Unlike most popular K-pop songs, “Untitled, 2014” uses the simple instrumental backing of a crisp piano accompaniment, meaning that there’s no interference from the production to distract from the raw and honest lyrics.

A lyric video is available for this song on YouTube, and Color Coded Lyrics in Hangul and an English translation further down the page.

“우리 사랑하지 말아요 (Let’s Not Fall in Love)” by Big Bang

우리 사랑하지 말아요
아직은 잘 모르잖아요
사실 조금은 두려운 거야
그대 미안해요
우리 약속하지 말아요
내일은 또 모르잖아요
하지만 이 말만은 진심이야 그대 좋아해요

(Let’s not fall in love,
I don’t know just yet
Actually, I’m a little scared
I’m sorry
Let’s not make promises,
We won’t know tomorrow either
But it’s true when I say “I like you”)

As discussed in my example earlier, this song is an excellent choice for a beginner Korean learner, thanks to the prevalence of simple grammar, and the song’s slow pace and repetition of key lyrics make it quite manageable for those learners not very familiar with listening to spoken Korean.

Check out the lyric video on YouTube, and musixmatch for the lyrics in Hangul and English, with some Romanization.

“사랑을 했다 (Love Scenario)” by iKON

사랑을 했다
우리가 만나
지우지 못할 추억이 됐다
볼 만한 멜로드라마
괜찮은 결말
그거면 됐다 널

(I have loved:
We met,
The memory can’t be erased
A melodrama worth watching
Not a bad ending
That’s all it was
I loved you)

Anyone who has heard this song can agree that the melody can get stuck in your head for days. This may get annoying for your friends, but a catchy melody such as this is perfect for repeating key phrases in your head over, and over, and over and over again.

There’s a lyric video for “Love Scenario” on YouTube, and Genius provides the lyrics in Hangul and an English translation.

“Stay With Me” by Chanyeol and Punch

나의 두 눈을 감으면
떠오르는 그 눈동자
자꾸 가슴이 시려서
잊혀지길 바랬어
꿈이라면 이제 깨어났으면 제발
정말 네가 나의 운명인 걸까
넌 Falling You

(Whenever I close my eyes
Those eyes are floating before me
My heart keeps trying
I wanted to forget the pain before
If this is a dream, please wake me up
Is this our destiny?
You, Falling You)

The slow and oft-repeated lyrics make this another great starting song for your listening gapfill exercises, and the singers’ clear enunciation makes it far easier to pick out individual words and phrases in this song than in many others. This song has also been very simply produced, putting the lyrics forward for easy listening.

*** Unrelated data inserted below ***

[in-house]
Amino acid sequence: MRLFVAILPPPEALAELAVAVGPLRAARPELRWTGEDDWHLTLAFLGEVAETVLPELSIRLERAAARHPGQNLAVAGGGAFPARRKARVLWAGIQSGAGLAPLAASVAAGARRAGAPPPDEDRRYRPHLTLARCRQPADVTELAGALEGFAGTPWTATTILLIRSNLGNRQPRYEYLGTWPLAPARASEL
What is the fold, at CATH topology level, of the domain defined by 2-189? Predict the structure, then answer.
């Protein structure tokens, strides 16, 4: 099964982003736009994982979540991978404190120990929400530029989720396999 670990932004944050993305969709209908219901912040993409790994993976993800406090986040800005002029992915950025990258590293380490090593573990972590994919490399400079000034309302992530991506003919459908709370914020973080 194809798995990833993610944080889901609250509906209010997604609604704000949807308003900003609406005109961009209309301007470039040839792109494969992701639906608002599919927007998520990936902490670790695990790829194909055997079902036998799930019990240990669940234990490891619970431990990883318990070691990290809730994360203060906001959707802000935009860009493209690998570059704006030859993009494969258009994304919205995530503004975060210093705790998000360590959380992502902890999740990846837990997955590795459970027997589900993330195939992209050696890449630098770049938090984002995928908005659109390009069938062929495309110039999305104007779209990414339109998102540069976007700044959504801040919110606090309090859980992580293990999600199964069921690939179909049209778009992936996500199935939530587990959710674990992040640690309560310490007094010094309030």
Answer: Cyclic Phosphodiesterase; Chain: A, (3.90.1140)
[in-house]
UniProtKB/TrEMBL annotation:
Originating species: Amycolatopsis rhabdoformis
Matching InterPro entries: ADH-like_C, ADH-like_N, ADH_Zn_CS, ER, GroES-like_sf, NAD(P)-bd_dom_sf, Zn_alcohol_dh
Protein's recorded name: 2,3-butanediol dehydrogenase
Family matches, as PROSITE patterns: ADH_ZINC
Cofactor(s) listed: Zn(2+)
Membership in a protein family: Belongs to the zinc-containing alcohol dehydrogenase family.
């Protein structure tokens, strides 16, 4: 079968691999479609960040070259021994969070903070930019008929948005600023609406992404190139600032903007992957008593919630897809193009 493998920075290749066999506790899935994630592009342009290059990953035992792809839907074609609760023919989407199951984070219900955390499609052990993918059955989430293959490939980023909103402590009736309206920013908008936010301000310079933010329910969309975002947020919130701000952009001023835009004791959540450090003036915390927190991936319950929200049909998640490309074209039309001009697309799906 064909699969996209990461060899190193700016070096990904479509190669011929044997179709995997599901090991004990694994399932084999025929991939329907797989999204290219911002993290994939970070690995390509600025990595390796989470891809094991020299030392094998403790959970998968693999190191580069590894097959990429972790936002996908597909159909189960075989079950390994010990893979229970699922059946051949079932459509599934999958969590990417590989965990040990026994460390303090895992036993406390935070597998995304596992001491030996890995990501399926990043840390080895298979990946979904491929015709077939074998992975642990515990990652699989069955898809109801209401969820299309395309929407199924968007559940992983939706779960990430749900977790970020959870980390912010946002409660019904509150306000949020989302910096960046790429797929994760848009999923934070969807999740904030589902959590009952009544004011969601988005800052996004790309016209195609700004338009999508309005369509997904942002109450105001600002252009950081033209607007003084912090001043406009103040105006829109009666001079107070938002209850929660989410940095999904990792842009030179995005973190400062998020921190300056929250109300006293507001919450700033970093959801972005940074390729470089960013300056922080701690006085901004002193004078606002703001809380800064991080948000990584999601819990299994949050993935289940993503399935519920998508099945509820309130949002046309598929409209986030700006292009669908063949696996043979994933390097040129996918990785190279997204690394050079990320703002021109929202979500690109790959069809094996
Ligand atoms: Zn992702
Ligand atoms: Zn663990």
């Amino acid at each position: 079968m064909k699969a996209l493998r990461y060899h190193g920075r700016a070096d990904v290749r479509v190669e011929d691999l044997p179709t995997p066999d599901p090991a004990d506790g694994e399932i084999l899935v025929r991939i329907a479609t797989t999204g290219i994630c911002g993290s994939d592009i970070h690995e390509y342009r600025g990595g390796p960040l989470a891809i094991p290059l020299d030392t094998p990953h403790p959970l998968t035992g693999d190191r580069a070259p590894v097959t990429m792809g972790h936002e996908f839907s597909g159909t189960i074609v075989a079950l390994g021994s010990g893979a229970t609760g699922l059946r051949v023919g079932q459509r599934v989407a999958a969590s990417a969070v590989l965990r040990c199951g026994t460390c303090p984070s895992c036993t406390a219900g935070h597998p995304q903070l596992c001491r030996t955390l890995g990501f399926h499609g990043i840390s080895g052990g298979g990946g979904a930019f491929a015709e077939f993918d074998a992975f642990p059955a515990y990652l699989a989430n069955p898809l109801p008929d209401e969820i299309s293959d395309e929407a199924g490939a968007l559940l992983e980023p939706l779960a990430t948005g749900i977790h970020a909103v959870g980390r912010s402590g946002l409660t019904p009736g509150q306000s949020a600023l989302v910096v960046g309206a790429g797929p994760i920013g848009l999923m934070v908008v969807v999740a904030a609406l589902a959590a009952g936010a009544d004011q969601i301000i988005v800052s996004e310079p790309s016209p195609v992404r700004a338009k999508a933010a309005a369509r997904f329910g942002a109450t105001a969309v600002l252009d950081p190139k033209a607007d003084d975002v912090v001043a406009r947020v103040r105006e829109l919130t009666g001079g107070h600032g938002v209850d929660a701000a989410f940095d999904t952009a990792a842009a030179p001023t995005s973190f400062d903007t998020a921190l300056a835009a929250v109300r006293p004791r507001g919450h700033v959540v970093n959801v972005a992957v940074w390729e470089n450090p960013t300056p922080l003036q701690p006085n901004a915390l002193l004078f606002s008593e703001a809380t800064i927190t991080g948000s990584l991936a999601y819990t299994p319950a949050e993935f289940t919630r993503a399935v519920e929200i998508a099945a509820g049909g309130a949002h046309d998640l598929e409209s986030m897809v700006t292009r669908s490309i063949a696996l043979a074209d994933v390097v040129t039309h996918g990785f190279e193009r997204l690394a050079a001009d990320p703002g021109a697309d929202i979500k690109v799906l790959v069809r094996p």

Find the lyric video on YouTube, and the lyrics provided on Genius in Hangul and Romanized Korean, with an English translation and pronunciation guide.

“Come Back Home” by 2NE1

아무 대답 없는 니가 너무 밉지만
가끔은 너도 나를 그리워할까 yeah
너 없는 시간 속에 갇혀 버린 난
앞을 볼 수가 없어 너무 두려워
아직도 못다 한 많은 날들이
기다리고 있을 것만 같아
너는 어디에
어디에 too far away

(You never answer me, I hate it
Sometimes I wonder if you miss me too
I’m stuck in this time without you
I can’t see ahead, and I’m so scared
And there are still so many days
Waiting, just like this
Where are you?
Where? Too far away)

Who can forget the original bad girls of K-pop, the irreplaceable 2NE1? The slow-paced lyrics sprinkled liberally with English, and the relatively simple production of this song make for another great option for beginner Korean learners.

Check out the lyric video on YouTube, as well as the lyrics in Hangul and the English translation both on Genius.

“Kingdom Come” by Red Velvet

오직 나에게만 펼쳐져
온통 너로 날 물들여
내 맘을 가득 채워
Baby I will love you till kingdom come
꿈에서 깨지 않을래 Baby
영원토록 I got you, you got me
Love you till kingdom come

(You only open like this for me
My colors all over you
My heart is filled with you
Baby I will love you till kingdom come
I won’t wake from this dream baby
Forever, I got you, you got me
Love you till kingdom come)

Red Velvet’s second album, full of lyrics of darkness and desire, makes it very clear that these girls are growing up and not sugar-sweet anymore. This lesser-known song has a slow enough pace for most learners, but the passionate lyrics contain a lot of specific vocab, and the only lyrical repetition is in the chorus, making this a great option for an intermediate listening exercise.

There’s no official music video for this song, but a lyric video is available on YouTube and Genius provides the lyrics in Hangul and an English translation.